Poilievre and Caputo ignore the truth about prisons when they resurrect the Bernardo transfer debate

Saying conditions are like university campuses is the highest level of absurdity

Poilievre and Caputo ignore the truth about prisons when they resurrect the Bernardo transfer debate
Michael Spratt

In the latest spectacle orchestrated by Conservative Associate Shadow Minister of Justice Frank Caputo, viewers are treated to an overly produced video aimed at resurrecting the year-old "controversy" surrounding the transfer of Canada’s most infamous serial killer, Paul Bernardo, to a medium-security prison.

Caputo absurdly claims that Bernardo is living better than most Canadians.

Adding fuel to the fire, Conservative leader Pierre Poilievre, whose reputation for honesty has been questioned of late, jumps into the fray, pointing fingers squarely at Justin Trudeau, saying that the prime minister is responsible for Bernardo's alleged cushy accommodations.

Let’s brush aside the fact that Caputo probably stretched the truth quite a bit, including his tall tale about encountering and interacting with Bernardo – a claim disputed by Correctional Service Canada, which stated, "It is our understanding that participants did not interact with Paul Bernardo during their visit," – and focus on the bigger mistruths.

Caputo’s main gripe with Bernardo’s transfer to a medium-security prison is that the institution felt like a university campus. This claim holds water only if you ignore the high walls, barbed wire, 24/7 monitoring, and armed guards.

And Caputo's evidence that Bernardo was living the high life? He was well-fed, had empty margarine containers and a razor in his cell, and had supervised access to recreational facilities.

The notion that Bernardo is living better than most Canadians is laughable. Inmates in medium-security prisons endure conditions that strip them of their liberty and freedom. This is no minor punishment, a reality that shouldn’t escape Conservatives who lost their collective minds when COVID precautions imposed the slightest inconveniences.

We send people to jail as punishment, not for punishment. But I suppose in Caputo and Poilievre’s imagination, prisoners should neither be well-fed nor be able to shave. It's a scary notion that politicians should dictate imprisonment conditions based on public sentiment or political expedience.

But this is not a policy issue for Poilievre and his Conservative soldiers; it is a political weapon.

Poilievre was quick to suggest that Trudeau was responsible for Bernardo’s transfer to medium security, “Trudeau […] passed Bill C-83 that gives mass murderers the chance to play hockey in medium-security prisons.”

Except that isn’t true.

Bill C-83, passed in 2019, aimed to abolish solitary confinement, which violated United Nations standards for prisoner treatment and, as the Supreme Court of British Columbia found, the Canadian Charter. This is a matter of life and death. In 2010, 24-year-old Edward Snowshoe committed suicide after 162 days in segregation, and in 2007, Ashley Smith strangled herself after over 1,000 days in solitary confinement.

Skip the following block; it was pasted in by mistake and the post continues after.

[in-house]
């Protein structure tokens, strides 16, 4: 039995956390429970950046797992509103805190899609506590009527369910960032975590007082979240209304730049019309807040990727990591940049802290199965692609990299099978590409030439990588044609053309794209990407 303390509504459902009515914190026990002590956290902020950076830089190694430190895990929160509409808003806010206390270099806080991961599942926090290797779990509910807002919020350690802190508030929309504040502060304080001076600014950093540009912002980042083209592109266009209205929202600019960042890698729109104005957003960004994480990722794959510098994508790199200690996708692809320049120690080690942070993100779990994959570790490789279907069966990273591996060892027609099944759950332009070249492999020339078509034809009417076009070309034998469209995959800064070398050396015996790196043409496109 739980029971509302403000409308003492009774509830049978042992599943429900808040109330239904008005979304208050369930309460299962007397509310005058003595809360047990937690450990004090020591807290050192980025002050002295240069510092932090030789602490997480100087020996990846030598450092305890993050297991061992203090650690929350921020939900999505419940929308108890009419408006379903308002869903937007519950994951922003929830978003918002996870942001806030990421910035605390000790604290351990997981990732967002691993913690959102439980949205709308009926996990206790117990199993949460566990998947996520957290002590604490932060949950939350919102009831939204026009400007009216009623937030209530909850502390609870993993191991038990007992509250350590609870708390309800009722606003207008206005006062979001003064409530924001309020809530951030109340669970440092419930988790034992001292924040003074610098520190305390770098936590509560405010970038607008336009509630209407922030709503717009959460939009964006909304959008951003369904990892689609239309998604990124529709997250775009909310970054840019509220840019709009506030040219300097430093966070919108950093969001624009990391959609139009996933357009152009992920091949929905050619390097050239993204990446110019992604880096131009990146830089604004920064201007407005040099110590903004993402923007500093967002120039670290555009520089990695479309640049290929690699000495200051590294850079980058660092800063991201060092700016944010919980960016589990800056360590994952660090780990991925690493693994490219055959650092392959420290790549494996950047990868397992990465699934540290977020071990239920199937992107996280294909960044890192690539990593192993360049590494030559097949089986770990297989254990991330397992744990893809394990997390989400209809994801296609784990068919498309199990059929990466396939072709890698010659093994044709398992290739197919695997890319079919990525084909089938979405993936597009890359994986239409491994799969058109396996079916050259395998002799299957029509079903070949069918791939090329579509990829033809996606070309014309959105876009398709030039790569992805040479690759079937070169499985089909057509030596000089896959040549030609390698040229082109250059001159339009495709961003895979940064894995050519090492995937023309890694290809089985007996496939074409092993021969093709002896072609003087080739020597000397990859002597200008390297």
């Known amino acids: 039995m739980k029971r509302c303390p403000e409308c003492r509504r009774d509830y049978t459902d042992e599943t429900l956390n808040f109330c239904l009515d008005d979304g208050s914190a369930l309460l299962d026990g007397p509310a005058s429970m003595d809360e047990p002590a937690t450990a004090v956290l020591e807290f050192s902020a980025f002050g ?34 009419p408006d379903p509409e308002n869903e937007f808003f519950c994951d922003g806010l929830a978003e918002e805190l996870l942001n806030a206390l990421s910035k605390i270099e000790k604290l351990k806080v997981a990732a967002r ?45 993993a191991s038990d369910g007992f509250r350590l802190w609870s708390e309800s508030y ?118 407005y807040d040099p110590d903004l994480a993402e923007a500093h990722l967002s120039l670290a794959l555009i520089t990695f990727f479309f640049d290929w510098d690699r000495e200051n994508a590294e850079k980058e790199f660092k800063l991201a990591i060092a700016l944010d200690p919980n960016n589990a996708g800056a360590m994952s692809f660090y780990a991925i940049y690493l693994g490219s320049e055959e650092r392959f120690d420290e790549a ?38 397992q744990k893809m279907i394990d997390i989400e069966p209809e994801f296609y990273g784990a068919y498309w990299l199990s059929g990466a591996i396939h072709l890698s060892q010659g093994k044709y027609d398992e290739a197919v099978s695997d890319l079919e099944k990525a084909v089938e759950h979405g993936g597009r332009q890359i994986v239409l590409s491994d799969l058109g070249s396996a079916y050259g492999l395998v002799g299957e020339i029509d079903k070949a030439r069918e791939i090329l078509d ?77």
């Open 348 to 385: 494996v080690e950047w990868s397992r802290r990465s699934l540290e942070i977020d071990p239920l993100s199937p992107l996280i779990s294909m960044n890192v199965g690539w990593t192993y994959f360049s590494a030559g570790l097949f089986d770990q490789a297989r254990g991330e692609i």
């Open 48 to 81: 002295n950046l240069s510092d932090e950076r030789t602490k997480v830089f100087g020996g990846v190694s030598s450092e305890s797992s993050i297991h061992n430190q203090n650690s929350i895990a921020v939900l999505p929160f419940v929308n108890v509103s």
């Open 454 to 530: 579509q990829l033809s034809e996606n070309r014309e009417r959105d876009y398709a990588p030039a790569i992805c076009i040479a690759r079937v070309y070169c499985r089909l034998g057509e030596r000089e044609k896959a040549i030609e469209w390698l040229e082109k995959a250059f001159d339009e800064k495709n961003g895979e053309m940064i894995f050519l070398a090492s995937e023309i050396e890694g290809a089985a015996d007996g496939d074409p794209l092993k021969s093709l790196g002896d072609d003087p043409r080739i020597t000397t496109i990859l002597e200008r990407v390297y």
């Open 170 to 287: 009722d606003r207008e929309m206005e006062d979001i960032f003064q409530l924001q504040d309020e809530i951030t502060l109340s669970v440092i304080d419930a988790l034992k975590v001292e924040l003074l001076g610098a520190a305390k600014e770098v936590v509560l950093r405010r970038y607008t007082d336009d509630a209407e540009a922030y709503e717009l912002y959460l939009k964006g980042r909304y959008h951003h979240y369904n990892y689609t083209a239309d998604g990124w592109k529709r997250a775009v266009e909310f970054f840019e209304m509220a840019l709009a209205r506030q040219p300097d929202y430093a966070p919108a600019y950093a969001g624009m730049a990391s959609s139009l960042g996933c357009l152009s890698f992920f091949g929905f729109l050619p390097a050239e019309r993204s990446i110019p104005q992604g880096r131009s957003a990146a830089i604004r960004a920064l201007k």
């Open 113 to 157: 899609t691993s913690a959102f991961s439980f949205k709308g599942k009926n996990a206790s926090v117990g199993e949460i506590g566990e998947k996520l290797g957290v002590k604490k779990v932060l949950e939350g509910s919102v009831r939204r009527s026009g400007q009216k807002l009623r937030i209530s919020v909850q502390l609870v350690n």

One way the 2019 legislation sought to end human rights abuses in prison was by mandating that correctional services consider the “least restrictive” measures consistent with public and staff safety. This amendment was nothing new; it simply restored the standards set by the Mulroney government.

This legislative change, contrary to Poilievre’s claims, had nothing to do with Bernardo’s transfer. A thorough investigation into the transfer found that all proper policies were followed, and Public Safety confirmed, “The result of this transfer was not affected by the passage of Bill C-83. A transfer would have also occurred under the previous language of ‘necessary’ restrictions.”

Indeed, back in 2018, under the old legislation, Michael Rafferty, convicted of murdering eight-year-old Tori Stafford, was transferred to a medium-security facility. It's not and has never been unusual for serious criminals to be housed in medium-security prisons when appropriate.

The truth is that Trudeau had nothing to do with Bernardo’s transfer.

The same goes for the hockey rink that irked Caputo. It turns out the rink has been broken for two years – a fact Conservatives tried to spin into proof that everything's broken under Trudeau, proving this is all a game to them.

But even if the rink were operational, it has nothing to do with Trudeau. It was fully functional under the Harper government when Poilievre was in Cabinet, as it should be because providing recreation to inmates promotes rehabilitation and enhances health and safety.

From Scott Moe's tax rebellion to Danielle Smith’s Sovereignty Act to Doug Ford’s attempts to politicize the judiciary, there's an alarming trend of Conservative politicians thumbing their noses at the rule of law and democratic norms. And the last thing we need is political grifters like Poilievre and Caputo meddling in lawful correctional decisions.

If we can’t trust Poilievre and Caputo to tell the truth about basic facts, why on earth would we trust them with our prison system?

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